For much of my son’s nearly 16-year lifespan, I have begged for miracles. Many I have received, and countless have always been - though I took them for granted. His struggles often help me to see how miraculous the human body is and how amazing our God is Who created it. At times though, I long for him to know health and wholeness – to be free. I long to hear spoken words come out of his mouth, to see him intersect and play with cousins and peers, instead of lingering nearby or in the background of joyful nieces’ and nephews’ playtime.
There were moments that he tried. I recall them vividly. He would chase after a group of little people running around during Sunday Coffee Hour. But he could never keep up. When a kind, fellow parent tried to help the children include him by instructing them to slow down or stop, Michael would halt and not seem to know what to do next. He wanted to join their giggling fun, but he didn’t quite know what to do once they let him in. Another time, he chased after a little guy running the hallways before a group therapy session for children with developmental delays. Up they went, down they went – Michael huffing and puffing and never being able to even remotely catch up to him. The little guy was similarly instructed by his mom to slow down and play with Michael, but somehow Michael sensed things weren’t quite real. He stopped running. He gave up trying. It was just too hard to play.
My heart continues to break when he rejects opportunities to engage with other young people. These are the miracles I pray for: relational connections, friendships, and speech. Not to mention the health miracles for his much afflicted body.
I am grateful for his increasing happiness and health, and I cherish the playful moments he has with us, and with his grandparents– even if they do not look like the ones I want him to have. I believe it is a normal and basic instinct to crave wholeness for our loved ones. We never want them to be sick or their lives to be compromised or difficult. This is how it could have been if humanity never fell. I could spend my energy lashing out at Adam and Eve and ruing our fallen lot, or I could place my trust in the Perfect, Whole, Limitless One who came, and became, limited and afflicted – “a man of sorrows acquainted with grief” (Isaiah 53:3). I am in a space where I am choosing trust more often than I used to, since the time of Michael’s pain-laden birth.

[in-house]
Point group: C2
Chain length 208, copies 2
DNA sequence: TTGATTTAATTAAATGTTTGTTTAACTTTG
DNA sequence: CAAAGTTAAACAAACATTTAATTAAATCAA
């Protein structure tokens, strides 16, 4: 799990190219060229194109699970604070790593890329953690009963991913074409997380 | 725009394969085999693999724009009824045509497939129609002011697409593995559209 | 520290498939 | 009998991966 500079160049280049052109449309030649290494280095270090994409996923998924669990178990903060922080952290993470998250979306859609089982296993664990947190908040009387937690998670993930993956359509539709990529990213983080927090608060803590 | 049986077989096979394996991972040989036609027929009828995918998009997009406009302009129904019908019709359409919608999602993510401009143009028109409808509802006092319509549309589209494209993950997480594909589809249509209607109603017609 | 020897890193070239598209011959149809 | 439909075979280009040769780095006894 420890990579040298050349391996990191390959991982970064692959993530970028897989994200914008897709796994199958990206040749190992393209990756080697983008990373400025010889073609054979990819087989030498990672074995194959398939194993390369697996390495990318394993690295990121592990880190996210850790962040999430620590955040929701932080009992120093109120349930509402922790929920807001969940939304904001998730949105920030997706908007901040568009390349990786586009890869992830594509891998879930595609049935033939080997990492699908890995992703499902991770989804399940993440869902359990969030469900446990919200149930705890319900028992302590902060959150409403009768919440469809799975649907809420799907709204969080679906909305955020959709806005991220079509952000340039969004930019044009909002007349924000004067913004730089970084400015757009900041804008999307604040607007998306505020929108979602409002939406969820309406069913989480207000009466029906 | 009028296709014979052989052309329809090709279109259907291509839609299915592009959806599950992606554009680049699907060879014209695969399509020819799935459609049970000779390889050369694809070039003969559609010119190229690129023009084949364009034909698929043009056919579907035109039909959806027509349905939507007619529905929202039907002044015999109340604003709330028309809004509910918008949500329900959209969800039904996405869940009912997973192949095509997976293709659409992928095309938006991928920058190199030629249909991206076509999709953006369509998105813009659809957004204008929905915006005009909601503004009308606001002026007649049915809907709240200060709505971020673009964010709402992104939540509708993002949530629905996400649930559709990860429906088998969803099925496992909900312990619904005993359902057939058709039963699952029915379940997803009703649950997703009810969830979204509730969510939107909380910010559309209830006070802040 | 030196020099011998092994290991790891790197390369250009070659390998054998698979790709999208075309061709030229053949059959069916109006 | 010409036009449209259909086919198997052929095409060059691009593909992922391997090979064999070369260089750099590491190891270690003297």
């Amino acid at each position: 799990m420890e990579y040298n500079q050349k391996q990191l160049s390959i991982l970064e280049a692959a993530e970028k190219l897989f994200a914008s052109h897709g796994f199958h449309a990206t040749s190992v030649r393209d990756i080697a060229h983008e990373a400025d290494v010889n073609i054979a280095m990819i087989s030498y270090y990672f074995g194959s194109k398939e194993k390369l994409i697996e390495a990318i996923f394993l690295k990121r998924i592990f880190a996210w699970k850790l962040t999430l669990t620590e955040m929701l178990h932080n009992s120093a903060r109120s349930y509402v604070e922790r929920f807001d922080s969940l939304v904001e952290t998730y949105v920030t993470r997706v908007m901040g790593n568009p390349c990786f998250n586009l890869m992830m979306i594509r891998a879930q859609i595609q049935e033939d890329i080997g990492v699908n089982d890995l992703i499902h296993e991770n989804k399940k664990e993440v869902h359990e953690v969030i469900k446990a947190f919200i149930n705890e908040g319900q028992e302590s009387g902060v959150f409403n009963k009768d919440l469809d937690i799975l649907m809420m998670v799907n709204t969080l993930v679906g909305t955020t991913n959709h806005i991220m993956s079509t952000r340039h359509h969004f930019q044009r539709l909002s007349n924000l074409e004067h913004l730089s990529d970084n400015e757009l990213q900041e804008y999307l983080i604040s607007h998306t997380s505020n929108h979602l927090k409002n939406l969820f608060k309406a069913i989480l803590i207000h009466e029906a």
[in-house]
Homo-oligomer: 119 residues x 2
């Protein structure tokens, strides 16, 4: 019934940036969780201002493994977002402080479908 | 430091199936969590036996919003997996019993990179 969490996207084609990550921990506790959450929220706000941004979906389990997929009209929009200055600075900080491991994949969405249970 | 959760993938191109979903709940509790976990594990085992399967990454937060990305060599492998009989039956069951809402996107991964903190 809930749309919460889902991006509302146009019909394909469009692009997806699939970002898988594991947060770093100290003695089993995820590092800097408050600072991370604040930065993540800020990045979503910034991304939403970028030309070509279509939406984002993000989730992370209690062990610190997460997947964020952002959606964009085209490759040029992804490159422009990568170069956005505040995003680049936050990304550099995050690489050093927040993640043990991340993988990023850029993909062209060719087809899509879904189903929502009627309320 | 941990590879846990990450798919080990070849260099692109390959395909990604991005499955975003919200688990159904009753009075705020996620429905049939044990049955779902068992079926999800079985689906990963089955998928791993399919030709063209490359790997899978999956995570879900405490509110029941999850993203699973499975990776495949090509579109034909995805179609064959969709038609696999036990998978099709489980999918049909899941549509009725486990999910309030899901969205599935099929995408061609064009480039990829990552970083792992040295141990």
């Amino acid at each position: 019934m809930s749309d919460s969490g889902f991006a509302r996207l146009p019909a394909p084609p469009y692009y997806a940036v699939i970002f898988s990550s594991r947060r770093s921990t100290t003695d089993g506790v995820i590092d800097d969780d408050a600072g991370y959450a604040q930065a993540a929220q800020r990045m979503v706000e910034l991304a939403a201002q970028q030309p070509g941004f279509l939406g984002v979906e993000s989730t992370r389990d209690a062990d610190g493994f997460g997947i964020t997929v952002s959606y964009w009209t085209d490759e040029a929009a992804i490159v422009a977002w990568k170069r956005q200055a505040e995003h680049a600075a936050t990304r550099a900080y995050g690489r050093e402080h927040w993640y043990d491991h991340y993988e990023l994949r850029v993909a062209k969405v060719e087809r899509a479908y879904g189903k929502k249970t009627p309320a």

Today in hearing the prayers of the Blessing of the Waters I was struck and comforted by the prophecies of Isaiah 35:1-10 therein. I hope they will comfort my fellow special need strugglers also.
The wilderness and the wasteland shall be glad for them,
And the desert shall rejoice and blossom as the rose;
It shall blossom abundantly and rejoice,
Even with joy and singing.
The glory of Lebanon shall be given to it,
The excellence of Carmel and Sharon.
They shall see the glory of the Lord,
The excellency of our God.
Strengthen the weak hands,
And make firm the feeble knees.
Say to those who are fearful-hearted,
“Be strong, do not fear!
Behold, your God will come with vengeance,
With the recompense of God;
He will come and save you.”
Then the eyes of the blind shall be opened,
And the ears of the deaf shall be unstopped.
Then the lame shall leap like a deer,
And the tongue of the dumb sing.
For waters shall burst forth in the wilderness,
And streams in the desert…
A highway shall be there, and a road,
And it shall be called the Highway of Holiness.
The unclean shall not pass over it,
But it shall be for others.
Whoever walks the road, although a fool,
Shall not go astray…
But the redeemed shall walk there,
And the ransomed of the Lord shall return,
And come to Zion with singing,
With everlasting joy on their heads.
They shall obtain joy and gladness,
And sorrow and sighing shall flee away.
I don’t feel that I’m “giving up” by accepting that Michael’s body may never be made whole in this lifetime - because I am choosing to trust that God will restore him. It may not be the schedule I would choose, but our dear Lord, so humble and good, surely knows better than I when the right time is for Michael’s healing. It may be that he must wait to pass “somewhere over the rainbow” before he can run free and fast, and sing with intelligible words. It may be that I must strive harder to be able to join him there some day so that I will be able to embrace the long-awaited joy of knowing that he feels good and is completely understood. It may be that tomorrow I revert back to a place of wishing for more for him and us, now in this life. But, on this blessed day, I echo the words of Patriarch Sophronios of Jerusalem’s priestly prayer for Theophany,
“Today, the streams of Jordan are changed into healing by the presence of the Lord. Today (I) have been delivered from the ancient grief. Today the gloomy fog of the world is cleansed by the manifestation of our God.”
Today I place my son in our Savior’s blessed hands, and cautiously but hopefully I trust that Michael’s “Today” is written by the Author of his life.
Presvytera Melanie DiStefano is the Resource Coordinator for the GOA Center for Family Care.